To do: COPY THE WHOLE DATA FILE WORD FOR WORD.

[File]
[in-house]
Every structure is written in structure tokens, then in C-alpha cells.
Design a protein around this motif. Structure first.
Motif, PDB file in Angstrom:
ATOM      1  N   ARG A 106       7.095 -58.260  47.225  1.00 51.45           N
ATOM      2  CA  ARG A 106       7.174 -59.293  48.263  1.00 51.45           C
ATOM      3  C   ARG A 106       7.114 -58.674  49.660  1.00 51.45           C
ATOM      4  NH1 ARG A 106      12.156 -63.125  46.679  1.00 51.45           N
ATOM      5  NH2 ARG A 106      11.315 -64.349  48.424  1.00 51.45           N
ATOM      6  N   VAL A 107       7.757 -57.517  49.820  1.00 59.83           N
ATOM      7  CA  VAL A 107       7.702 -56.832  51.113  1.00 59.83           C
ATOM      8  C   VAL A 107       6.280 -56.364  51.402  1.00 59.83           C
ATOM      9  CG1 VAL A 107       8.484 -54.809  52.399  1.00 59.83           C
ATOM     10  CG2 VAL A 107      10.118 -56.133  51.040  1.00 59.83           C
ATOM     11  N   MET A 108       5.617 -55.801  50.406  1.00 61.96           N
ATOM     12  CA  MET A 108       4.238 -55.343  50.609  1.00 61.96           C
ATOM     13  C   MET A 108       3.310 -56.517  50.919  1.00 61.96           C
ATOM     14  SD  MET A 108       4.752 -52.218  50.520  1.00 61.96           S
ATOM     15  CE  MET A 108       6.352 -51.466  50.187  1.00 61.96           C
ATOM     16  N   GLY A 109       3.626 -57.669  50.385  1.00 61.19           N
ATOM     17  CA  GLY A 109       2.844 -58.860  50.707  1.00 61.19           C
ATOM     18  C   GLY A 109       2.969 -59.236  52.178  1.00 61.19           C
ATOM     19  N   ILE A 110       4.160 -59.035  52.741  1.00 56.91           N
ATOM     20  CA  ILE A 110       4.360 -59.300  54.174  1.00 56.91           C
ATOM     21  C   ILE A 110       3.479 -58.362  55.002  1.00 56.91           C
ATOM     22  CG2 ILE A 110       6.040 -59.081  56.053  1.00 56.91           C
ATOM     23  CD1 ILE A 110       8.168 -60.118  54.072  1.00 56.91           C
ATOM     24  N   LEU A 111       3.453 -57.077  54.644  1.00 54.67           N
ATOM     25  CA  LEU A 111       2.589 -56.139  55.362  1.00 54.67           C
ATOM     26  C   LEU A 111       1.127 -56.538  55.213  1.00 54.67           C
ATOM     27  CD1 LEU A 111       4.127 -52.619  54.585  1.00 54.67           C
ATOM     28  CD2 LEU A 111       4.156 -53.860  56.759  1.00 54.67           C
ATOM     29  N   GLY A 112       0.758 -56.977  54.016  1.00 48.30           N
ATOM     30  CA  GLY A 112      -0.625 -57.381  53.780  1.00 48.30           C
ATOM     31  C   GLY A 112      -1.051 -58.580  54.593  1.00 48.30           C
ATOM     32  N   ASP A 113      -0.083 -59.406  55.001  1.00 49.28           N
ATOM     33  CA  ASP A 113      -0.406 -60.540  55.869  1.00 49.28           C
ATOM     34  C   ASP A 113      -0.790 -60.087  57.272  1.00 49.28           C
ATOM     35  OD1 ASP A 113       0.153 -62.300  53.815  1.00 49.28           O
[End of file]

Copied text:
[in-house]
Every structure is written in structure tokens, then in C-alpha cells.
Design a protein around this motif. Structure first.
Motif, PDB file in Angstrom:
ATOM      1  N   ARG A 106       7.095 -58.260  47.225  1.00 51.45           N
ATOM      2  CA  ARG A 106       7.174 -59.293  48.263  1.00 51.45           C
ATOM      3  C   ARG A 106       7.114 -58.674  49.660  1.00 51.45           C
ATOM      4  NH1 ARG A 106      12.156 -63.125  46.679  1.00 51.45           N
ATOM      5  NH2 ARG A 106      11.315 -64.349  48.424  1.00 51.45           N
ATOM      6  N   VAL A 107       7.757 -57.517  49.820  1.00 59.83           N
ATOM      7  CA  VAL A 107       7.702 -56.832  51.113  1.00 59.83           C
ATOM      8  C   VAL A 107       6.280 -56.364  51.402  1.00 59.83           C
ATOM      9  CG1 VAL A 107       8.484 -54.809  52.399  1.00 59.83           C
ATOM     10  CG2 VAL A 107      10.118 -56.133  51.040  1.00 59.83           C
ATOM     11  N   MET A 108       5.617 -55.801  50.406  1.00 61.96           N
ATOM     12  CA  MET A 108       4.238 -55.343  50.609  1.00 61.96           C
ATOM     13  C   MET A 108       3.310 -56.517  50.919  1.00 61.96           C
ATOM     14  SD  MET A 108       4.752 -52.218  50.520  1.00 61.96           S
ATOM     15  CE  MET A 108       6.352 -51.466  50.187  1.00 61.96           C
ATOM     16  N   GLY A 109       3.626 -57.669  50.385  1.00 61.19           N
ATOM     17  CA  GLY A 109       2.844 -58.860  50.707  1.00 61.19           C
ATOM     18  C   GLY A 109       2.969 -59.236  52.178  1.00 61.19           C
ATOM     19  N   ILE A 110       4.160 -59.035  52.741  1.00 56.91           N
ATOM     20  CA  ILE A 110       4.360 -59.300  54.174  1.00 56.91           C
ATOM     21  C   ILE A 110       3.479 -58.362  55.002  1.00 56.91           C
ATOM     22  CG2 ILE A 110       6.040 -59.081  56.053  1.00 56.91           C
ATOM     23  CD1 ILE A 110       8.168 -60.118  54.072  1.00 56.91           C
ATOM     24  N   LEU A 111       3.453 -57.077  54.644  1.00 54.67           N
ATOM     25  CA  LEU A 111       2.589 -56.139  55.362  1.00 54.67           C
ATOM     26  C   LEU A 111       1.127 -56.538  55.213  1.00 54.67           C
ATOM     27  CD1 LEU A 111       4.127 -52.619  54.585  1.00 54.67           C
ATOM     28  CD2 LEU A 111       4.156 -53.860  56.759  1.00 54.67           C
ATOM     29  N   GLY A 112       0.758 -56.977  54.016  1.00 48.30           N
ATOM     30  CA  GLY A 112      -0.625 -57.381  53.780  1.00 48.30           C
ATOM     31  C   GLY A 112      -1.051 -58.580  54.593  1.00 48.30           C
ATOM     32  N   ASP A 113      -0.083 -59.406  55.001  1.00 49.28           N
ATOM     33  CA  ASP A 113      -0.406 -60.540  55.869  1.00 49.28           C
ATOM     34  C   ASP A 113      -0.790 -60.087  57.272  1.00 49.28           C
ATOM     35  OD1 ASP A 113       0.153 -62.300  53.815  1.00 49.28           O